LASIK is the most recognized name in laser eye surgery to correct refractive errors. LASIK surgery is a revolutionary treatment that eliminates the need to wear prescription eyeglasses or contact lenses by fixing issues associated with nearsightedness, farsightedness, and astigmatism. Since its approval by the Food and Drug Administration in 1999, LASIK, laser-assisted in situ keratomileusis, has only continued to improve and is considered one of the safest and most successful laser eye surgeries available today. Top reasons to get LASIK include better vision, cost effectiveness, instant results, and quick recovery.
Is there a better procedure than LASIK? While not all eye surgeries are created equal, neither are the patients who qualify for them. Patients with presbyopia, significantly high prescriptions, or those with very thin corneas may be disqualified from receiving LASIK. Alternative options to LASIK include photorefractive keratectomy (PRK), laser epithelial keratomileusis (LASEK), small incision lenticule extraction (SMILE), intraocular lens implants (IOL), phakic intraocular lens implants, also known as implantable collamer lens (ICL), and refractive lens exchange (RLE).
PRK surgery is often thought to be the top alternative to LASIK.; however, the main difference is that LASIK requires making a cut in the cornea and creating a flap while PRK treats the surface of the cornea by removing a thin layer of epithelial cells; PRK can have a longer recovery because there is no flap to cover the eye as it heals. Benefits of PRK include a high success rate, better vision, low risk of long-term complications as no flap is created during surgery, and ideal for thin corneas. PRK is a great option for patients with thin corneas and those who are prone to dry eyes.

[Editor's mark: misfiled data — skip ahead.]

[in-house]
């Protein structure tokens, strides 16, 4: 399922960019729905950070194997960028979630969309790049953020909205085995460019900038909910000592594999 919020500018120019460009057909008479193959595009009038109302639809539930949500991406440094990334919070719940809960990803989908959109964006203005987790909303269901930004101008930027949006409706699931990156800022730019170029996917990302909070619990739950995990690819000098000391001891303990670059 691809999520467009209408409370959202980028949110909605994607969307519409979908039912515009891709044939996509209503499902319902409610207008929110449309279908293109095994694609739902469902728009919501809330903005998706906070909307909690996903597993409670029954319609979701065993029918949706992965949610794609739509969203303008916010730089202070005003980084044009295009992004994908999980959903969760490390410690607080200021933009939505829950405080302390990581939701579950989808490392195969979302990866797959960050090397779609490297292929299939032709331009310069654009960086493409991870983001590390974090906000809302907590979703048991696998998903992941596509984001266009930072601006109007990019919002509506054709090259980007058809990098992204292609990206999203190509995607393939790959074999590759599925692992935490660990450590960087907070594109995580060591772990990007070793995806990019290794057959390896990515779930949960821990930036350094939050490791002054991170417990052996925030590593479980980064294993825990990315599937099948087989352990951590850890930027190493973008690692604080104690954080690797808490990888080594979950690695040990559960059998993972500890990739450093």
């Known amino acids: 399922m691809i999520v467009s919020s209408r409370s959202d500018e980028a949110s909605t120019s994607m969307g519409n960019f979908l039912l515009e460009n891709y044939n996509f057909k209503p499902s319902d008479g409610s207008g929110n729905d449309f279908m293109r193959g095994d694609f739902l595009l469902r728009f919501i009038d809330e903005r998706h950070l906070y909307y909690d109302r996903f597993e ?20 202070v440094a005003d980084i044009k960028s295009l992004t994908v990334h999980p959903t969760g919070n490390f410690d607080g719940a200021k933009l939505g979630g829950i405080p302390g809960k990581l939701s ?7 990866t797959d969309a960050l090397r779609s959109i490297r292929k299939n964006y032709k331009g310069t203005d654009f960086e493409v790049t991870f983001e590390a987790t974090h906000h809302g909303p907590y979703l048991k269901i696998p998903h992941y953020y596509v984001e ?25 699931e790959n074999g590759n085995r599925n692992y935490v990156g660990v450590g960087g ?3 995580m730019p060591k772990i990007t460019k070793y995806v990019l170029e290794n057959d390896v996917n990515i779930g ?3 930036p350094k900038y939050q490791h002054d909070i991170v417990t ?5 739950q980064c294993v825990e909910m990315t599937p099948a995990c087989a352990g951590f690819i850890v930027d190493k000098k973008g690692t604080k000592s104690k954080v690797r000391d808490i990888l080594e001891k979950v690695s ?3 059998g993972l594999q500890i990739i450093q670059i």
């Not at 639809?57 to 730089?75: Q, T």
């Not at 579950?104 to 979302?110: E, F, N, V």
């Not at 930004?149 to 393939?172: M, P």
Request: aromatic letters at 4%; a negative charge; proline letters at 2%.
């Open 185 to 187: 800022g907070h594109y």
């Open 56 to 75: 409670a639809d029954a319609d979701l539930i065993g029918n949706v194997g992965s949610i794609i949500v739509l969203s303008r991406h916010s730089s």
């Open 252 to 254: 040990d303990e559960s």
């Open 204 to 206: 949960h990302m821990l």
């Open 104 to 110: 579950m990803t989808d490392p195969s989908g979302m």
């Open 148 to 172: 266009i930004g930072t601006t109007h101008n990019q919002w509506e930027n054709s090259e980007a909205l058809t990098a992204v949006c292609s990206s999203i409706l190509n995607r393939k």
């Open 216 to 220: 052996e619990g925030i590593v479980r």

LASEK is like LASIK and PRK. During the procedure, the epithelium is removed and softened with a diluted alcohol solution and then folded back. The cornea is shaped with the excimer laser and the epithelial flap is then replaced and held by a contact lens during healing. It is similar to PRK although PRK removes the epithelial layer altogether while LASEK is thought to be an improved version of PRK where the surgeon slides the epithelial layer over and then slides it back after the cornea is sculpted.
SMILE utilizes a femtosecond laser which differentiates this procedure from the previous three3, where an excimer laser is used. The laser cuts a disc-shaped piece known as a lenticule within the cornea. The surgeon makes an incision and pulls out the lenticule thereby reshaping the cornea. Candidacy for SMILE requires greater parameters than other laser eye surgeries. These include having nearsightedness between-1 and-10, as well as up to 0.5 diopters of astigmatism.
IOLs are artificial lens implants that are inserted into the eyes to replace the natural lens. Although more common to treat cataracts, IOLs can repair refractive errors especially for patients with severe myopia and patients whose monovision contacts are not providing sufficiently clear vision. If a patient’s prescription is too high for any laser eye surgery, ICLs may be a good option. The phakic procedure involves placing implantable contact lenses behind the iris and in front of the natural lens to correct refractive errors. The added benefit of this procedure is that because it is not a laser surgery it is reversible at any time.
The best procedure is the one that fits you. To find out if you are a candidate for LASIK or which alternative will work to correct your vision, call Rosenbaum Eye and Laser Center at 517-393-2020 for your eye exam or fill out our appointment form at WEBSITE.